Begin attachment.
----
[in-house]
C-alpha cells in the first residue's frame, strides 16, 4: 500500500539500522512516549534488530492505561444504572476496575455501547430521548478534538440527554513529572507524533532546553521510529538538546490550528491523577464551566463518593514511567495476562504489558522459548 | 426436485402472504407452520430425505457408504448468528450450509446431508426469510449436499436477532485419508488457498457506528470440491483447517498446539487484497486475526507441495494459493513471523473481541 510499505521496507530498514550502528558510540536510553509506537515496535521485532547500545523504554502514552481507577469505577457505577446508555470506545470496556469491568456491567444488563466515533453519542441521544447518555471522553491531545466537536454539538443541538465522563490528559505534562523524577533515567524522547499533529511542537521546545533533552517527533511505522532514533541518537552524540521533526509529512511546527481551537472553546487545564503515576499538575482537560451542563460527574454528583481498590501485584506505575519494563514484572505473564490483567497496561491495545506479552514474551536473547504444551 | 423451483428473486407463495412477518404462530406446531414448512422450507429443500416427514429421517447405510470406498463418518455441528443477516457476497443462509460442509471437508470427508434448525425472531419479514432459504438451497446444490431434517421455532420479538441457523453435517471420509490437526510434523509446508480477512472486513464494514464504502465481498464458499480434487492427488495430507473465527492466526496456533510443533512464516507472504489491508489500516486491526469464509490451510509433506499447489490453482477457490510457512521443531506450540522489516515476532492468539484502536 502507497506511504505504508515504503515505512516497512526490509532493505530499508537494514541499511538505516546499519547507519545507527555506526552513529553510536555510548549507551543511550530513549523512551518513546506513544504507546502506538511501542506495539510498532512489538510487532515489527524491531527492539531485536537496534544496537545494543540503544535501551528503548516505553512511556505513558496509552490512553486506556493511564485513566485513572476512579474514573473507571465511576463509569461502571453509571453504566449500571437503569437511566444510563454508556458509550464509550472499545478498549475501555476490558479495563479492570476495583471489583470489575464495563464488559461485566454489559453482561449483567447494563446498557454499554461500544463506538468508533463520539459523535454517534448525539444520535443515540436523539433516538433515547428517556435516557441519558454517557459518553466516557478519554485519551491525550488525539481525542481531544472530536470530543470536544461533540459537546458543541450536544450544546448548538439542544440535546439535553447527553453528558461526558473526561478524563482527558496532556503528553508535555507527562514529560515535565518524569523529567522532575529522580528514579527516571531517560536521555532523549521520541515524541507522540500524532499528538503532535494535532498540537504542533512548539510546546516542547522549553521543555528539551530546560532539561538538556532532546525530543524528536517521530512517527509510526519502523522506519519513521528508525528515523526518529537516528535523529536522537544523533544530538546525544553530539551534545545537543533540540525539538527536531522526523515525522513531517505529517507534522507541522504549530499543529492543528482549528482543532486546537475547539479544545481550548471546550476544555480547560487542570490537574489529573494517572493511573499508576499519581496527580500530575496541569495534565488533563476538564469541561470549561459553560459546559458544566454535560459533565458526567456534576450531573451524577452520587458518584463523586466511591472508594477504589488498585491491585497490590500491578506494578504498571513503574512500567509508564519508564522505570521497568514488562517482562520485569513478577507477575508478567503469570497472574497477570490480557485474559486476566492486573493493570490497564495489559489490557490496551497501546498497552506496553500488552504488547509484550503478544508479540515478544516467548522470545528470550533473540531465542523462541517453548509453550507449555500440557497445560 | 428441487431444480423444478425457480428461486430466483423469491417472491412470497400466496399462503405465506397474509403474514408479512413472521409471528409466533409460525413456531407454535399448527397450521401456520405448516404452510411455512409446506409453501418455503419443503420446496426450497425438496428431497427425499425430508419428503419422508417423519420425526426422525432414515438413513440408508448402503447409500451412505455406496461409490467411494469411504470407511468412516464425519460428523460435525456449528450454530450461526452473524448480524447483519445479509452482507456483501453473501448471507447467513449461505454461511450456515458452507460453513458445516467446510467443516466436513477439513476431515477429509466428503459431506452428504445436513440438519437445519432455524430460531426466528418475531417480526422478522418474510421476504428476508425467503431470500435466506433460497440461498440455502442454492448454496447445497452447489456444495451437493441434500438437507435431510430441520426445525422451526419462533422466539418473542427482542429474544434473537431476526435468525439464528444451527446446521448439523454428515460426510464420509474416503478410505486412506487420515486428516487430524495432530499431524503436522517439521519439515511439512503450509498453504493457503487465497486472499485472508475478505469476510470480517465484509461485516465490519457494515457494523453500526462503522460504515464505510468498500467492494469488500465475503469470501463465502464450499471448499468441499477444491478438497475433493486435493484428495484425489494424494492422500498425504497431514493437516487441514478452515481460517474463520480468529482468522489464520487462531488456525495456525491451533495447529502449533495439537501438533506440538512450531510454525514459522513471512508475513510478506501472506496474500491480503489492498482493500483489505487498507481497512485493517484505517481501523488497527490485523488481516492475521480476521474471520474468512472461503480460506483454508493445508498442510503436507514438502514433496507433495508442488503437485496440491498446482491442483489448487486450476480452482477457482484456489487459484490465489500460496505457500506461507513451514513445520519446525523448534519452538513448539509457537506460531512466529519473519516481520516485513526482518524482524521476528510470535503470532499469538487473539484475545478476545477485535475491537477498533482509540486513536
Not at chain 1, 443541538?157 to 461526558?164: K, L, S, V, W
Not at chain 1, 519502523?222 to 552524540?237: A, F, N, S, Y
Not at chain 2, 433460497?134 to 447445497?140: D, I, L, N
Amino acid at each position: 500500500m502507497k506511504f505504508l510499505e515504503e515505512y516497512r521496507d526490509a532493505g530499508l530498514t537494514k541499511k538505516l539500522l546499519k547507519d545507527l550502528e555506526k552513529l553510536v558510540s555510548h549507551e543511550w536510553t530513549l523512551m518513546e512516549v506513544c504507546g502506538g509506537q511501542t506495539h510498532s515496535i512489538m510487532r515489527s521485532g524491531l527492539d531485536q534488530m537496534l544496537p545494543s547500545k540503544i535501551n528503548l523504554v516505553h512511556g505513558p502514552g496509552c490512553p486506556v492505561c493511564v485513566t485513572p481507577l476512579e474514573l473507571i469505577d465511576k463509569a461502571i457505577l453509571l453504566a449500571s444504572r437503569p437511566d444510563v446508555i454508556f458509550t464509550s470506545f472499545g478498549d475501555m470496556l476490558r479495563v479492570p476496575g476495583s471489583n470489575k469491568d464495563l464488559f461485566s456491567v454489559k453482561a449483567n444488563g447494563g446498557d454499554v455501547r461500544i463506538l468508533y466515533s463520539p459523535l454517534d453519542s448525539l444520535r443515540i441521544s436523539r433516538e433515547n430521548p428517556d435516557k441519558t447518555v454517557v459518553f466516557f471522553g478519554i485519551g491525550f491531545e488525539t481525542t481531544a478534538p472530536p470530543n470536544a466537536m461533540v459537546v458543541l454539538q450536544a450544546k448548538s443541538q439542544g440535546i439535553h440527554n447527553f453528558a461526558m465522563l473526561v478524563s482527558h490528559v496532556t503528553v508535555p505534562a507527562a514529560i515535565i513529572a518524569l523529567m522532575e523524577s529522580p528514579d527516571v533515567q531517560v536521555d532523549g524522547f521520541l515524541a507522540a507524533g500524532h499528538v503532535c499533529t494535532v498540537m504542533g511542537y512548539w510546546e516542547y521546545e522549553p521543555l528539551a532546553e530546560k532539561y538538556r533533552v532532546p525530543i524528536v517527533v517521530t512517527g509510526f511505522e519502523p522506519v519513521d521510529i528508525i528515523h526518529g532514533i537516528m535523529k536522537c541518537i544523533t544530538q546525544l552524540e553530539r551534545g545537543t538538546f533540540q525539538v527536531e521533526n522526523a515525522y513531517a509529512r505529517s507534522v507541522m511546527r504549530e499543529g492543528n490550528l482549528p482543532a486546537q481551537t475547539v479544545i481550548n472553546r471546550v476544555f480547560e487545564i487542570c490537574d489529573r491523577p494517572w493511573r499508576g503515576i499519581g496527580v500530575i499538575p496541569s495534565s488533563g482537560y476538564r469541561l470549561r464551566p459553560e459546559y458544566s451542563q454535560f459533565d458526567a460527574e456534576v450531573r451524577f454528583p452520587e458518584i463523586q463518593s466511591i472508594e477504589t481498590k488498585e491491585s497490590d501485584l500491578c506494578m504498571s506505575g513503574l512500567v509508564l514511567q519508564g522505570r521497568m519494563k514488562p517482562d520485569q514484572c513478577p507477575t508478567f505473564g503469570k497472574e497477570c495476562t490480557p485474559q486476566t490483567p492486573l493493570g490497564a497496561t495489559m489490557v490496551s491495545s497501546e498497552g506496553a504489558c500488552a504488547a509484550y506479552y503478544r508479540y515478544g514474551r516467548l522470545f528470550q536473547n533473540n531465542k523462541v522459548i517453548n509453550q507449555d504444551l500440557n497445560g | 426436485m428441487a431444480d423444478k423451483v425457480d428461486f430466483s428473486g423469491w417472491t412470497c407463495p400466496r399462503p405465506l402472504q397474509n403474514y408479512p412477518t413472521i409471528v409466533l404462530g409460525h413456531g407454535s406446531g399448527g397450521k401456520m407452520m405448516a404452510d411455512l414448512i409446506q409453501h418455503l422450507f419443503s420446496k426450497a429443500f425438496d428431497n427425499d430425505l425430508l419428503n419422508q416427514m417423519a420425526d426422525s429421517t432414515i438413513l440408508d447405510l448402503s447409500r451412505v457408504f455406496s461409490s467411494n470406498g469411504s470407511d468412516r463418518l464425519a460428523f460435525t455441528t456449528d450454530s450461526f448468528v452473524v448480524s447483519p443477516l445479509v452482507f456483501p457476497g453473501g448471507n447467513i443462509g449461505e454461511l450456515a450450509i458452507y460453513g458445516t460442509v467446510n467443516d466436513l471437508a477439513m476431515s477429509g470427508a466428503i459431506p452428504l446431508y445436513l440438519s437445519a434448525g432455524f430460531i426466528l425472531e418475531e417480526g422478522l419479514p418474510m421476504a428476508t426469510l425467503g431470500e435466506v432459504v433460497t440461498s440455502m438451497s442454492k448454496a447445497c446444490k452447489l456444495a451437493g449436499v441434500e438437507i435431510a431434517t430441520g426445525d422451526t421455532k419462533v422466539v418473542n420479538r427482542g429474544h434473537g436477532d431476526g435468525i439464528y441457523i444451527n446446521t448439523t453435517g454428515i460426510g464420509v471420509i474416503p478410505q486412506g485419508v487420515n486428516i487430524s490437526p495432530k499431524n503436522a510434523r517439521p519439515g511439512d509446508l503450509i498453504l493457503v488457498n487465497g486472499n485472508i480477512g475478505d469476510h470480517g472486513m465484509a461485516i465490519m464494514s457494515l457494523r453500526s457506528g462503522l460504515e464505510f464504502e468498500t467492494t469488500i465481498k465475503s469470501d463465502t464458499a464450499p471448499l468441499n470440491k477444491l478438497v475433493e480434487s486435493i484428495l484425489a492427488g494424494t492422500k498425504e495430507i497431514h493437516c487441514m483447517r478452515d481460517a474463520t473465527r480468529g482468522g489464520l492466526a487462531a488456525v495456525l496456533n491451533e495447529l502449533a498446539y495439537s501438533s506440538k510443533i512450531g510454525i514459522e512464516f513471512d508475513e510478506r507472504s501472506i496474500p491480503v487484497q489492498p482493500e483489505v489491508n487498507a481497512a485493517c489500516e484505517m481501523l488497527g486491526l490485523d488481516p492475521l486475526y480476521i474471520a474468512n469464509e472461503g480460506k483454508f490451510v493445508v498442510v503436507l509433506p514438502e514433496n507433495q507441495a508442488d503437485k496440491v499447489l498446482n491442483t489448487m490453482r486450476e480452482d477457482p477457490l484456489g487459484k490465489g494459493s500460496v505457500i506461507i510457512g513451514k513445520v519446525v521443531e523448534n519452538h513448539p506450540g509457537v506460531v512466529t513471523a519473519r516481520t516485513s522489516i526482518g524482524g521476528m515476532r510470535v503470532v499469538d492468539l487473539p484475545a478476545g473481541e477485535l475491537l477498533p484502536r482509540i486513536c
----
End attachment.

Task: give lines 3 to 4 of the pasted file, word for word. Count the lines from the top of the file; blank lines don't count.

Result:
Not at chain 1, 443541538?157 to 461526558?164: K, L, S, V, W
Not at chain 1, 519502523?222 to 552524540?237: A, F, N, S, Y